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When Life Is Unfair

Yom Kippur

September 23, 2015/5776


Laughter, joy and happiness are an essential and integral part of what it means to be Jewish. In fact, in the famous Pew Survey of the American Jewish community, a sense of humor ranked just below caring about Israel as essential to being Jewish. It even rated higher than being a part of the Jewish community, and of observing halacha, Jewish religious law.


Many have tried to analyze and explain why so many comedians are Jewish and why it is a fundamental element of our essence and identity. But when you stop and think about it, considering our history, it actually is somewhat ironic that we should so excel in this field.  With all the tragedy and hardships we have experienced, the persecution, expulsions and anti-Semitism that has befallen our people throughout the ages, it could easily have been different.  We could have turned inward and become a bitter people.  Instead, humor and laughter is one of the many contributions we have made to the world.


Accustomed as we are as a people to adversity and heartbreak, it is not hardship on the grand scale, I want to address today, but rather those hardships that strike our personal lives, those who are close to us and those we love and care about.


The quintessential eternal test for a person of faith is how to deal with tragedy, with loss, or with pain and suffering, all of which may be on the minds of many, during the Yamim HaNoraim, the Days of Awe, when our prayers draw our thoughts to our wish to be inscribed in the Book of Life.


As has been observed, for the atheist there are no answers, and for the believer, there are no questions. But we have both, answers and questions.


A story is told about Rabbi Levi Yitzhak of Berditchev who asked an illiterate tailor what he did on Yom Kippur since he did not know how to read the Hebrew prayers.


I want to push the “freeze frame” button for a moment and pause the story to note that the fact that the tailor was illiterate and could not read the Hebrew of the prayer book did not deter him from praying. It was not an impediment to his striving to speak to God, nor did it discourage him in his effort to communicate with the Almighty.  He still was an observant, devout practicing Jew who prayed regularly. There is a powerful message here for those among us who may not be familiar with the language of prayer or who are uncomfortable with traditional liturgy. The message is to seek to find ways to reach God, regardless of our agility and fluency in Hebrew.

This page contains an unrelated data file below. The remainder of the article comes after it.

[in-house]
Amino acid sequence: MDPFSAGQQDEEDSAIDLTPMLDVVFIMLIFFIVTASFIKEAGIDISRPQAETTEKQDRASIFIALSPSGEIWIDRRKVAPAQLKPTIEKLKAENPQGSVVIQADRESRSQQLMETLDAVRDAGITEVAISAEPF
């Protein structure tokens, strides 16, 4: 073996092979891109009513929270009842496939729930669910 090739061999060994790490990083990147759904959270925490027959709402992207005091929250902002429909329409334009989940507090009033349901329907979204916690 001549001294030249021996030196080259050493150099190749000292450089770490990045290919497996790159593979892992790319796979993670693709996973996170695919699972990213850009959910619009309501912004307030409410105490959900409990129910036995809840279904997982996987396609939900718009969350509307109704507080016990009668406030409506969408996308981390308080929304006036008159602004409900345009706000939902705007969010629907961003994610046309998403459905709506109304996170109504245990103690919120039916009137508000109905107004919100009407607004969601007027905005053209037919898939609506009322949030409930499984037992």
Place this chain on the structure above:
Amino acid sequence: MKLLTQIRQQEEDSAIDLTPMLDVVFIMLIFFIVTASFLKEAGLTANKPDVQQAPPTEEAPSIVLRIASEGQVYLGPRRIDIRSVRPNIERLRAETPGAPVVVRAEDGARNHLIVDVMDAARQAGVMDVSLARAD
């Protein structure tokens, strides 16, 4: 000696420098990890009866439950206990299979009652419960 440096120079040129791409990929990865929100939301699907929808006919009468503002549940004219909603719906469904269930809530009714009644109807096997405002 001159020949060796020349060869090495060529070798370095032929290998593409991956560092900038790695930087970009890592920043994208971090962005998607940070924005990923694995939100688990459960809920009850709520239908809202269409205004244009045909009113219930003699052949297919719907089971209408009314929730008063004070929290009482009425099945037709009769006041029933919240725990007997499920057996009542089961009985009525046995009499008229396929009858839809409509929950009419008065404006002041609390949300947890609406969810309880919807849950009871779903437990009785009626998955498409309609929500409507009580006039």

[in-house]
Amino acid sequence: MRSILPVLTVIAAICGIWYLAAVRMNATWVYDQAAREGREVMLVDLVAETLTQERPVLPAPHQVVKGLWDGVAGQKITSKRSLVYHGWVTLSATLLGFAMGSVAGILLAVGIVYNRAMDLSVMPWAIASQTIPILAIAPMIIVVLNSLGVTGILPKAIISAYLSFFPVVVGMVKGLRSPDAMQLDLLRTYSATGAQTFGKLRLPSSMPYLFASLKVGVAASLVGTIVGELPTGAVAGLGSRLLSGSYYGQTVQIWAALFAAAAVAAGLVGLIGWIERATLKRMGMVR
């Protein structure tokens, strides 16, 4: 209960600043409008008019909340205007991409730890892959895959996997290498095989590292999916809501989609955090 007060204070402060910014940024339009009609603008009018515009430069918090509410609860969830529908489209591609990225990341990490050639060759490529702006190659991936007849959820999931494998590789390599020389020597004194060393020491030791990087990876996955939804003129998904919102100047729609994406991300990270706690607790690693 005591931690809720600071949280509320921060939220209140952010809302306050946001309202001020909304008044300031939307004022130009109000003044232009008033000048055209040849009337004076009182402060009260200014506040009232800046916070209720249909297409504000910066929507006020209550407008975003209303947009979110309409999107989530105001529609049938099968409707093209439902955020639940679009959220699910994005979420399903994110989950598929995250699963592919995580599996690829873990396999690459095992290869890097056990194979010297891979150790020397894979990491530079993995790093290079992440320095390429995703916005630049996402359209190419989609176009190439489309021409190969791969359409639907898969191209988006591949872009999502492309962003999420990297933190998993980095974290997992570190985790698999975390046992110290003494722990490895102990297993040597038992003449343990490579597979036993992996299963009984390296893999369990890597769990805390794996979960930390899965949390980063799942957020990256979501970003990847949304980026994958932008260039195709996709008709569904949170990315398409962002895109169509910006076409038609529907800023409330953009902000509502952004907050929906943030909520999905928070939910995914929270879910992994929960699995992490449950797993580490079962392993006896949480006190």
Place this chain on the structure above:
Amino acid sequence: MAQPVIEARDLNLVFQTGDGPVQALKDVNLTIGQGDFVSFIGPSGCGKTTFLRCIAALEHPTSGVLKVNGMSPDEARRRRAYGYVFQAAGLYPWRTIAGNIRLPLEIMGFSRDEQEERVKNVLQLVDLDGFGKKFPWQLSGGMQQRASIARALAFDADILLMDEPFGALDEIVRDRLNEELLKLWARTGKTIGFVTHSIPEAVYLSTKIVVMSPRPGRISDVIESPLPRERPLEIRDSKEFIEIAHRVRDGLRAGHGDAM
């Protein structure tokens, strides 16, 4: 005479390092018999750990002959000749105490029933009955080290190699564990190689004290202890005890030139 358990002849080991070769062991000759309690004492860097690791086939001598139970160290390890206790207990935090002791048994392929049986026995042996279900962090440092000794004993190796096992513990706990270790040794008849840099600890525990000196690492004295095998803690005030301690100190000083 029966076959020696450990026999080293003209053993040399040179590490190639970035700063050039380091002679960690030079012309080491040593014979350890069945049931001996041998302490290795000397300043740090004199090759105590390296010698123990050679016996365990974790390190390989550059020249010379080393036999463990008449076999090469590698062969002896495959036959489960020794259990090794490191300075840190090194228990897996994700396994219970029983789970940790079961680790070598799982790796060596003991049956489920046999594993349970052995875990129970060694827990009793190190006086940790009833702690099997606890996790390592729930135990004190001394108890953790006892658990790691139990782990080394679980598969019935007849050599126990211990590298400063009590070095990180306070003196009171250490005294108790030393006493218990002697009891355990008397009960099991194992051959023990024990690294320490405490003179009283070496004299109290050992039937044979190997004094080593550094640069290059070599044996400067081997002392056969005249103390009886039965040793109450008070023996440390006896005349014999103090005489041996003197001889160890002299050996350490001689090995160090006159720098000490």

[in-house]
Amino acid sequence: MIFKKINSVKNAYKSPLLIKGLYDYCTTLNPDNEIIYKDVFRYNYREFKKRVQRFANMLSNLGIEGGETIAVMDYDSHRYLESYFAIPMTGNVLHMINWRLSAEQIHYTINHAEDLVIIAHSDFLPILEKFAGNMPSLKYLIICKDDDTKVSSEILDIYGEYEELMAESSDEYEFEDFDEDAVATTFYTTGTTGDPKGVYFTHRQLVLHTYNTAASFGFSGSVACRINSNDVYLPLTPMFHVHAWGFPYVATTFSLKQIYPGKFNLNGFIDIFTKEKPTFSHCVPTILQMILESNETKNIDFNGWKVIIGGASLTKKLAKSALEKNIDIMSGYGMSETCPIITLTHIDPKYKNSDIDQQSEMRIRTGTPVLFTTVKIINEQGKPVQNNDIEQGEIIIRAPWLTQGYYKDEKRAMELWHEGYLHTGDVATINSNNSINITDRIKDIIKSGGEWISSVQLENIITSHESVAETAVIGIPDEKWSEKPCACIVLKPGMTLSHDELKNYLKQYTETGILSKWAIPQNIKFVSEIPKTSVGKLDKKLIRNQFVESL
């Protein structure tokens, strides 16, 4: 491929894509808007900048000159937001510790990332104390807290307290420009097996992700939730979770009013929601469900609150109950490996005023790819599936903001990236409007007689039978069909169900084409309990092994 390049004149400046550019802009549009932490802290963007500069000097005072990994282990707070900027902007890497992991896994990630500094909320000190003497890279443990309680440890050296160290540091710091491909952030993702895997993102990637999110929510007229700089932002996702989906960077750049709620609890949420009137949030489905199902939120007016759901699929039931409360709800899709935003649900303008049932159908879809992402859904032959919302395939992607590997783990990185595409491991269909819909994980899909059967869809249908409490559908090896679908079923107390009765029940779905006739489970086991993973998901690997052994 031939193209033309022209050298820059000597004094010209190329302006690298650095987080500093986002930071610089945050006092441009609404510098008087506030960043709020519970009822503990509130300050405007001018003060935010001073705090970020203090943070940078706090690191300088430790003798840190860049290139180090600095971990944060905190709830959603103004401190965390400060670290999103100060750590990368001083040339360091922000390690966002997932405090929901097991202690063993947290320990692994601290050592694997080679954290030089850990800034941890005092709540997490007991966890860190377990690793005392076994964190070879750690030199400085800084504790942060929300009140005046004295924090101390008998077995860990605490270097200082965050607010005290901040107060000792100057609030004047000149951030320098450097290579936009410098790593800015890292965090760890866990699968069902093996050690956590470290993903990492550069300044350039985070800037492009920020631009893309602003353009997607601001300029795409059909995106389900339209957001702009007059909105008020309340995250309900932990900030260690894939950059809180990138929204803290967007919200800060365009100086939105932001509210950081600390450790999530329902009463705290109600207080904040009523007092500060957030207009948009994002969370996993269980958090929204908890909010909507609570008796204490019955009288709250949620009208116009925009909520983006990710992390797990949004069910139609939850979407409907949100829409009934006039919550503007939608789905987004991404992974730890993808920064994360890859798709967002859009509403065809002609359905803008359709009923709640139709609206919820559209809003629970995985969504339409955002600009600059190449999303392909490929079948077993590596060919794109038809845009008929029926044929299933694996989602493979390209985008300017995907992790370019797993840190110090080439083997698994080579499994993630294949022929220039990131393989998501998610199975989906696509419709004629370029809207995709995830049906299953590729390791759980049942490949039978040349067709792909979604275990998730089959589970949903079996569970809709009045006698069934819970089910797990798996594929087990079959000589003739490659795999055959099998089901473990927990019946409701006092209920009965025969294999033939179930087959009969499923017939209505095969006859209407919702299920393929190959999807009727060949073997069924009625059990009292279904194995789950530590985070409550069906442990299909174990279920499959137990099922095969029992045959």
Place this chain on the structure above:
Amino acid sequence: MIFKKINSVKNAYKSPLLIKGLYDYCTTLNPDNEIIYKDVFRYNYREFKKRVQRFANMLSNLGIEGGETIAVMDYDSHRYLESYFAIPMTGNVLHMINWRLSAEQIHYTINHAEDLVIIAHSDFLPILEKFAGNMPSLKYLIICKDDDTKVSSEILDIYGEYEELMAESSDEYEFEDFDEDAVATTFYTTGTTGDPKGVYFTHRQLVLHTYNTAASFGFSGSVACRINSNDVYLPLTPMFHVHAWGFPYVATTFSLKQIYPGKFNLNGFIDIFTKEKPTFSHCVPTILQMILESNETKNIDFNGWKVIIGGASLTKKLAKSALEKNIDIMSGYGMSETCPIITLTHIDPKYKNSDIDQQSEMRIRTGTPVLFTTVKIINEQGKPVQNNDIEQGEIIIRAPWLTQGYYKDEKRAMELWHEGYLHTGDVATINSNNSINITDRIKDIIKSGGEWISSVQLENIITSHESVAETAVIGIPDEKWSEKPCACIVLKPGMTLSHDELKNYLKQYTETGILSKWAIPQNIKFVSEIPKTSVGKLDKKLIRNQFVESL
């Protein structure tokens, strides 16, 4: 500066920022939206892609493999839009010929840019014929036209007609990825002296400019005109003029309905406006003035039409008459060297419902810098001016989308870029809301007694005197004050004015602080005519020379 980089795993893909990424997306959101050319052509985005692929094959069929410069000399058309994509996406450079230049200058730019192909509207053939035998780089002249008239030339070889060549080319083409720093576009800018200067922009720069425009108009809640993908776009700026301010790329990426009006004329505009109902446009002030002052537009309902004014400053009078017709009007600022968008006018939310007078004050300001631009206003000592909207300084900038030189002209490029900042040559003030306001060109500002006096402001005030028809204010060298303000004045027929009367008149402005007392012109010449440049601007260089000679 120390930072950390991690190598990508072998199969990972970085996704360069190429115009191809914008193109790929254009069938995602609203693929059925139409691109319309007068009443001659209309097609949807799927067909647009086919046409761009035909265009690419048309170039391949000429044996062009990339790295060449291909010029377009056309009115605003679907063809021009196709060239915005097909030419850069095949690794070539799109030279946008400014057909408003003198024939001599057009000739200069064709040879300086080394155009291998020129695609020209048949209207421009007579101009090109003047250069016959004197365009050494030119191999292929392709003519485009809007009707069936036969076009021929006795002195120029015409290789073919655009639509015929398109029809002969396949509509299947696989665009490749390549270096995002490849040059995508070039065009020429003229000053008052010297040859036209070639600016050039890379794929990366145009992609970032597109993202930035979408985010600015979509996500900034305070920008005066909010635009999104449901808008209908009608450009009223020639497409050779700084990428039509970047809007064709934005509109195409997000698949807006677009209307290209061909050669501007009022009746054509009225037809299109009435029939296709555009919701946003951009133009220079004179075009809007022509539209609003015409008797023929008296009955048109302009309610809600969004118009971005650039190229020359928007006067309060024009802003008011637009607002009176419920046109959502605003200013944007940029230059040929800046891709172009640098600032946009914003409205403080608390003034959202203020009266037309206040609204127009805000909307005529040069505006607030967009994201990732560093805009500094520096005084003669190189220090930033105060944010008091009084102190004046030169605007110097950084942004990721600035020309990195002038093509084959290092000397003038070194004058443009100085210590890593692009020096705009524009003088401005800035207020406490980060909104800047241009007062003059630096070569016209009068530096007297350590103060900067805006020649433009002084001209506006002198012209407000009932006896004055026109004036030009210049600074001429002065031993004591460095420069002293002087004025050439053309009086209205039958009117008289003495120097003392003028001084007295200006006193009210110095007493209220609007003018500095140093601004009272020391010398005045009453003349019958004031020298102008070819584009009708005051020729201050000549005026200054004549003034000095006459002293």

Now back to our story.


The simple tailor replied to the rabbi’s question by telling him, “Since I couldn’t read the prayers, I prayed and spoke to God directly from my heart. I confessed the sins I committed this past year.  I admitted that I may have occasionally kept some leftover cloth and not been as honest in some of my business dealings as I should have been.  I also did not pray as regularly as I know I should have.

“And then I continued, ‘But in the grand scheme of things my sins are relatively insignificant and inconsequential. They pale in comparison to the sins You Almighty God have committed. I reminded Him of some of what happened just in our shtetl alone this past year. ‘You have taken mothers from their children, and children from their mothers. You have turned good people into orphans and widows. So let’s make a deal. If You agree to pardon me for my sins, then I, in turn will forgive You for what you have done.’”


What a remarkable story. The chutzpah to think he could pray like this, that he could stand before God and make such a demand of the Creator of the universe and be so assertive is startlingly bold and unconventional.